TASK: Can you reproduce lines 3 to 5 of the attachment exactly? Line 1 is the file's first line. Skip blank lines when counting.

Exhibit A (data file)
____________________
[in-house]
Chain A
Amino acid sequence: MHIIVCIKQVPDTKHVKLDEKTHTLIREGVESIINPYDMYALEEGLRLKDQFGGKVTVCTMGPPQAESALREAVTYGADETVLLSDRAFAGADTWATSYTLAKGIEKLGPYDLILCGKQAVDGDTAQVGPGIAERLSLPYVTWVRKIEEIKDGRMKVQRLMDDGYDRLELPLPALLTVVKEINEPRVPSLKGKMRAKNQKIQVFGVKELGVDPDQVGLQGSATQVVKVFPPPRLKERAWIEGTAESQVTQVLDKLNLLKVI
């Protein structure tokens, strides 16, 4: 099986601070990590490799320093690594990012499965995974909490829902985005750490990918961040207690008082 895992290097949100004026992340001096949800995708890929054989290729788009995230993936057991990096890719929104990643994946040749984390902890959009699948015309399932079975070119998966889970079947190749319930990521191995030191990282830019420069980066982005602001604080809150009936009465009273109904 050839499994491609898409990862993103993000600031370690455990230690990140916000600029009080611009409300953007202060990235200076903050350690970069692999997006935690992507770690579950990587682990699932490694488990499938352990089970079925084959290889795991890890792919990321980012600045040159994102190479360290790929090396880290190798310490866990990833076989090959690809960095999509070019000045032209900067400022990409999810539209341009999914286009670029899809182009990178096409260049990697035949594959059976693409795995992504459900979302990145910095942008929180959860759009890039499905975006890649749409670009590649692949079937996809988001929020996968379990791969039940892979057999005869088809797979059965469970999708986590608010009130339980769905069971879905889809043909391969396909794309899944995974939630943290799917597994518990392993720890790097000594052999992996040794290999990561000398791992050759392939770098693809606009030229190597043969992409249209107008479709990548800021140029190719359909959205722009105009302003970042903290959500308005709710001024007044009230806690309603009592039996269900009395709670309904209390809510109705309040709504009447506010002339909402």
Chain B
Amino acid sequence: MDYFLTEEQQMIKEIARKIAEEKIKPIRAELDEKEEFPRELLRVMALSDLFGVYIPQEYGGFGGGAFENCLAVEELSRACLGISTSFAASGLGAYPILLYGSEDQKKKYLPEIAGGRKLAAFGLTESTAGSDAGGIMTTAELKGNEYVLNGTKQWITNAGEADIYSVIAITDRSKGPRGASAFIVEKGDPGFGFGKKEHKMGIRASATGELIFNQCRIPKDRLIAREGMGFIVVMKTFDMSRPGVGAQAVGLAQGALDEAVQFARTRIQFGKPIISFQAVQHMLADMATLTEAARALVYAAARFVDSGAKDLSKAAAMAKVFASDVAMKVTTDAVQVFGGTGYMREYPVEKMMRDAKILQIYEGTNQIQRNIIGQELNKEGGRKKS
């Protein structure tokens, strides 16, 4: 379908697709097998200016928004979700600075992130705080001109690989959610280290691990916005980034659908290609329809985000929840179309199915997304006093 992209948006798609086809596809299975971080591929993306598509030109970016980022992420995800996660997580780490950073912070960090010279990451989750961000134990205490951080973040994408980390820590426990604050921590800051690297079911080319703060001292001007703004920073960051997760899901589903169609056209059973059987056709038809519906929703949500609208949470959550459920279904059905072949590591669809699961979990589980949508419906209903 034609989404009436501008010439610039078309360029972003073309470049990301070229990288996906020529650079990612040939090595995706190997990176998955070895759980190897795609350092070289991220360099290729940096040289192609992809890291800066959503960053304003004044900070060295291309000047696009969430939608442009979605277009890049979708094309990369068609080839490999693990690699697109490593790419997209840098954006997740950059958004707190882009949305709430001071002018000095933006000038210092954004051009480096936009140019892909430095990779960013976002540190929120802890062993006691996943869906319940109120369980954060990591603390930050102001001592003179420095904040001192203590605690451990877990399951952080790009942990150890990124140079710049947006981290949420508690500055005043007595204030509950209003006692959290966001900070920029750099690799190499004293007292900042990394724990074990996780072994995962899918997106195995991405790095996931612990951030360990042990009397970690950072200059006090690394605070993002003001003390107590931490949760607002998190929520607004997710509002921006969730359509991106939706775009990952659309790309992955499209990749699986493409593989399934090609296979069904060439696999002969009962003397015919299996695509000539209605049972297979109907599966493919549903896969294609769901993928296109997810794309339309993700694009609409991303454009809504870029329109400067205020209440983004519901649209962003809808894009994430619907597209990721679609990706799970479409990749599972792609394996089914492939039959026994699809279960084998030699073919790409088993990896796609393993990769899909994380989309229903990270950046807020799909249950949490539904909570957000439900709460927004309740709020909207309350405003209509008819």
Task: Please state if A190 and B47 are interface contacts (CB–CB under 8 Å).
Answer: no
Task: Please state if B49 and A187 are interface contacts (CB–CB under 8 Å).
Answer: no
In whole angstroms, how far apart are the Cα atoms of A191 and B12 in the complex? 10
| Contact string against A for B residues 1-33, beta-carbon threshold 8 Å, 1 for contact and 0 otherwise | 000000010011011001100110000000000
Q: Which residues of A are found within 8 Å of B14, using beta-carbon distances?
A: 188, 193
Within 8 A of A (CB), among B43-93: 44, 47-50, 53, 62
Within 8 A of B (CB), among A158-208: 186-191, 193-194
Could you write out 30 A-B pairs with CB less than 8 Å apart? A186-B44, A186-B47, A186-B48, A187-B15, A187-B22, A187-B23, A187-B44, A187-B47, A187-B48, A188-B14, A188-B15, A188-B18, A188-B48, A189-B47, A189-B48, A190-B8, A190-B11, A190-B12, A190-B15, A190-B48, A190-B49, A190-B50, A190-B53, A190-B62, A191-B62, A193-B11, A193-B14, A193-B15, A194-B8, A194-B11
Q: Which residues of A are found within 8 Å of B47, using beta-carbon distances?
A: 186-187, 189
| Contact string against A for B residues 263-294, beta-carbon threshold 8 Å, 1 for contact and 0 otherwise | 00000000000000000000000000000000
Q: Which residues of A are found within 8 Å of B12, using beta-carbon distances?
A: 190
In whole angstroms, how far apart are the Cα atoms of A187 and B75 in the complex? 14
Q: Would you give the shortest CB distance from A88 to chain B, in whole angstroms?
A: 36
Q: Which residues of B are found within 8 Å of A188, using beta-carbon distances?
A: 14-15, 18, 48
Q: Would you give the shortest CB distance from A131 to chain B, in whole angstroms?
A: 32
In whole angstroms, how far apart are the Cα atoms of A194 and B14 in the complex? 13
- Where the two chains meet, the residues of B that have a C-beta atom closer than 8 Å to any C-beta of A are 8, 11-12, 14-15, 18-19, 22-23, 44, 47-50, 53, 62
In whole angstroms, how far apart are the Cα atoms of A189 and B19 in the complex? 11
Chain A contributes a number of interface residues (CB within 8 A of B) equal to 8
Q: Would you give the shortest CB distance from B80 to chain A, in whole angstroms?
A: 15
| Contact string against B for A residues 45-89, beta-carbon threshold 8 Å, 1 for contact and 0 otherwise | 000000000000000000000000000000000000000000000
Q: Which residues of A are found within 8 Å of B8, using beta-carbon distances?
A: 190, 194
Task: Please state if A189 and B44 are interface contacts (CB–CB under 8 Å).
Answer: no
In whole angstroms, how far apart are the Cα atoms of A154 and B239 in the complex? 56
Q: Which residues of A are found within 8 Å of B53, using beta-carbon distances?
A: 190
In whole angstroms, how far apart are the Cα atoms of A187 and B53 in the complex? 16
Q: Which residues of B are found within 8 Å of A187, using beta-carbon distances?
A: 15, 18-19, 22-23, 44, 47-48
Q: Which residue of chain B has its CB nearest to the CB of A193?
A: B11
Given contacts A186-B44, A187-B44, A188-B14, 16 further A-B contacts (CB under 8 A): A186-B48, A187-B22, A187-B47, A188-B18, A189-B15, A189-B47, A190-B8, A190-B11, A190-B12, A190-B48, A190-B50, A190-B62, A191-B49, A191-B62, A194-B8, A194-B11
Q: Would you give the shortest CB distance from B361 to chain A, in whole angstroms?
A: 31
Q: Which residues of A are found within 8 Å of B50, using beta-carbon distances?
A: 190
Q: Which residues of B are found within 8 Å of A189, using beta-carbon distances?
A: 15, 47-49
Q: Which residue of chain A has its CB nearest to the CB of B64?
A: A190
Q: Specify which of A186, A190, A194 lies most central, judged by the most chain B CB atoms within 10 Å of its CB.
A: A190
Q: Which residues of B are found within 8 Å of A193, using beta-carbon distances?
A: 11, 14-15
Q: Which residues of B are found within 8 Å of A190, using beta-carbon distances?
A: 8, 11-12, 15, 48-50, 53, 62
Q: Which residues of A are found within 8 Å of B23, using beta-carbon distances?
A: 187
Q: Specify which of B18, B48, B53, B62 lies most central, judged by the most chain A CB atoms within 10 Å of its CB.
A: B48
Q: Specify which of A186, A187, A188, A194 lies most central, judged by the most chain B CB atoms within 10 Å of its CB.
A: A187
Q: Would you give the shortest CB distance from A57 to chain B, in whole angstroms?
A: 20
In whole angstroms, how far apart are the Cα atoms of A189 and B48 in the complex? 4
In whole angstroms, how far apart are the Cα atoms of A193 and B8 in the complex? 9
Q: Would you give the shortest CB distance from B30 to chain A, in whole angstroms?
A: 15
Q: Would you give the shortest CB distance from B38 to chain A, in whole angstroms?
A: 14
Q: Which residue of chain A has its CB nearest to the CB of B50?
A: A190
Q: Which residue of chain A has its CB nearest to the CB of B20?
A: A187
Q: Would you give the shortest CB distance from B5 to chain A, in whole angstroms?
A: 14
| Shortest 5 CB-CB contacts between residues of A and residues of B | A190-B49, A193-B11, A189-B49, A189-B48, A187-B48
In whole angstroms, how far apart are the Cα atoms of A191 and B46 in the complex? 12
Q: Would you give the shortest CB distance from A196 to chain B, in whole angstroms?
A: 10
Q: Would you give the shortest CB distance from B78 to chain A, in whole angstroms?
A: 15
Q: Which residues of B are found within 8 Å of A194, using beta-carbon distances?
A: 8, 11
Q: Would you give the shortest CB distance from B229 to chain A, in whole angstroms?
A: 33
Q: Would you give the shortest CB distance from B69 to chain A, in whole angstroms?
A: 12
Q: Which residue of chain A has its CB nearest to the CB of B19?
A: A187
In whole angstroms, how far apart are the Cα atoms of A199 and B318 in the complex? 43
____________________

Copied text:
Amino acid sequence: MHIIVCIKQVPDTKHVKLDEKTHTLIREGVESIINPYDMYALEEGLRLKDQFGGKVTVCTMGPPQAESALREAVTYGADETVLLSDRAFAGADTWATSYTLAKGIEKLGPYDLILCGKQAVDGDTAQVGPGIAERLSLPYVTWVRKIEEIKDGRMKVQRLMDDGYDRLELPLPALLTVVKEINEPRVPSLKGKMRAKNQKIQVFGVKELGVDPDQVGLQGSATQVVKVFPPPRLKERAWIEGTAESQVTQVLDKLNLLKVI
């Protein structure tokens, strides 16, 4: 099986601070990590490799320093690594990012499965995974909490829902985005750490990918961040207690008082 895992290097949100004026992340001096949800995708890929054989290729788009995230993936057991990096890719929104990643994946040749984390902890959009699948015309399932079975070119998966889970079947190749319930990521191995030191990282830019420069980066982005602001604080809150009936009465009273109904 050839499994491609898409990862993103993000600031370690455990230690990140916000600029009080611009409300953007202060990235200076903050350690970069692999997006935690992507770690579950990587682990699932490694488990499938352990089970079925084959290889795991890890792919990321980012600045040159994102190479360290790929090396880290190798310490866990990833076989090959690809960095999509070019000045032209900067400022990409999810539209341009999914286009670029899809182009990178096409260049990697035949594959059976693409795995992504459900979302990145910095942008929180959860759009890039499905975006890649749409670009590649692949079937996809988001929020996968379990791969039940892979057999005869088809797979059965469970999708986590608010009130339980769905069971879905889809043909391969396909794309899944995974939630943290799917597994518990392993720890790097000594052999992996040794290999990561000398791992050759392939770098693809606009030229190597043969992409249209107008479709990548800021140029190719359909959205722009105009302003970042903290959500308005709710001024007044009230806690309603009592039996269900009395709670309904209390809510109705309040709504009447506010002339909402």
Chain B